Thorns & Roses: The Worst & Best

Year of the babble  |  Thorn

Gov. Matt “Oblivious” Bevin has declared 2017 the “Year of the Bible” in Kentucky, signing a proclamation written by state Rep. Tom Riner, D-Louisville, in support of a Bible reading marathon. So much for separation of church and state when the governor uses his bully pulpit to promote a single religion. What next? Non-Christians forced to wear stars?

Now we don our gay rainbow lights  |  Thorn

Rainbow lights recently lit up the Ark Park because, Answers in Genesis President Ken Ham said, Christians need to take back the rainbow from the LGBTQ movement to “teach our young people its true meaning.” Chris Hartman, director of the Fairness Campaign, told The Cincinnati Enquirer that the rainbow symbolizes love, acceptance, unity and inclusion, ”none of which Mr. Ham or his operation embrace or embody.” But, he added, that he likes the rainbow lights. “It makes the ark look incredibly gay.” Oh, snap!

Celebrating in bad taste  |  Thorn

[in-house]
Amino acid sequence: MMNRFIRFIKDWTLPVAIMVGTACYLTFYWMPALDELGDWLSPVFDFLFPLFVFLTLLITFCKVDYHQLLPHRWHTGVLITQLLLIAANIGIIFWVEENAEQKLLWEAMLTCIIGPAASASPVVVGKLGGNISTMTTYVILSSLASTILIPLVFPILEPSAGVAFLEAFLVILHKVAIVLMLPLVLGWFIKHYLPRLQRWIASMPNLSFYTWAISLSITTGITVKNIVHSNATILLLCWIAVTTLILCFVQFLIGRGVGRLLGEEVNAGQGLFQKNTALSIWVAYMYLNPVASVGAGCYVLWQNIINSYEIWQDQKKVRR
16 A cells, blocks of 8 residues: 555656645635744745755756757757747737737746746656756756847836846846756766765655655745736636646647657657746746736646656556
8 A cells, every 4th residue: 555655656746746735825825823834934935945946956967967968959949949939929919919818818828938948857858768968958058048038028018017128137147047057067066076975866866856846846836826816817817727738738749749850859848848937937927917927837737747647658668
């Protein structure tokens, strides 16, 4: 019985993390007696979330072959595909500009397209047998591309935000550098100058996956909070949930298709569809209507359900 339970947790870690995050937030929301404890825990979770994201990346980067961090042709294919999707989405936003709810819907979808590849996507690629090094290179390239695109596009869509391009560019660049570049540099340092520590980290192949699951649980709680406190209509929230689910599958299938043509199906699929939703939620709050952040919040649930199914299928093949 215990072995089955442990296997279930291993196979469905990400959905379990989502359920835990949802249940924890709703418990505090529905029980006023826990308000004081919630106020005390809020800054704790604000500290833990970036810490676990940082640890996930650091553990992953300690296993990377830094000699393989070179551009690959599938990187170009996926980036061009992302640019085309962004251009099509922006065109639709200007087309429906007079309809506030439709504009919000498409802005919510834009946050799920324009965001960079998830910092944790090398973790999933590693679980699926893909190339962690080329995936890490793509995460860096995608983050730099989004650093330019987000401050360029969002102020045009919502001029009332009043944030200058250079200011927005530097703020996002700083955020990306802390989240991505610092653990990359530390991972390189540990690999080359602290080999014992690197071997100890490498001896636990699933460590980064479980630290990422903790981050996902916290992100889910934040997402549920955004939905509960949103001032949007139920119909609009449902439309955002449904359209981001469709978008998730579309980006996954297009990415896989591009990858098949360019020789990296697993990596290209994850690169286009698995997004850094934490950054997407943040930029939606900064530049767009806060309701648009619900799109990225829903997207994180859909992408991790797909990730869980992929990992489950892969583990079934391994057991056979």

We like the 21c Museum Hotel in Louisville, but to advertise its New Year’s Eve party, it picked a photograph of what appears to be a passed out woman on a floor littered with glitter. Social justice warrior Ellie Neary, an erstwhile contributor to LEO, brought this obvious transgression to the hotel’s attention, causing it to replace the photo and apologize, saying: “It was not our intent to represent rape culture …”  Thus, the line between edgy and error.

Our bottom story tonight…  |  Thorn

We thought new leadership at The Courier-Journal would yield better decisions, so we were disappointed to see the lead front-page story Dec. 27 “What’s in a leader’s name?” about everyday people who share presidents’ names, etc. (But no mention of Hunter S. Thompson, 22, accused by police in December of bank robbery.) Meanwhile, on page three James Bruggers wrote an important piece about the new Spaghetti Junction’s landscaping, including concerns about the trees planted and their survival.

At last a list happy to be on  |  Rose

Travel + Leisure magazine ranked the Speed Art Museum one of the world’s most beautiful, on a list with San Francisco and other world-class cities.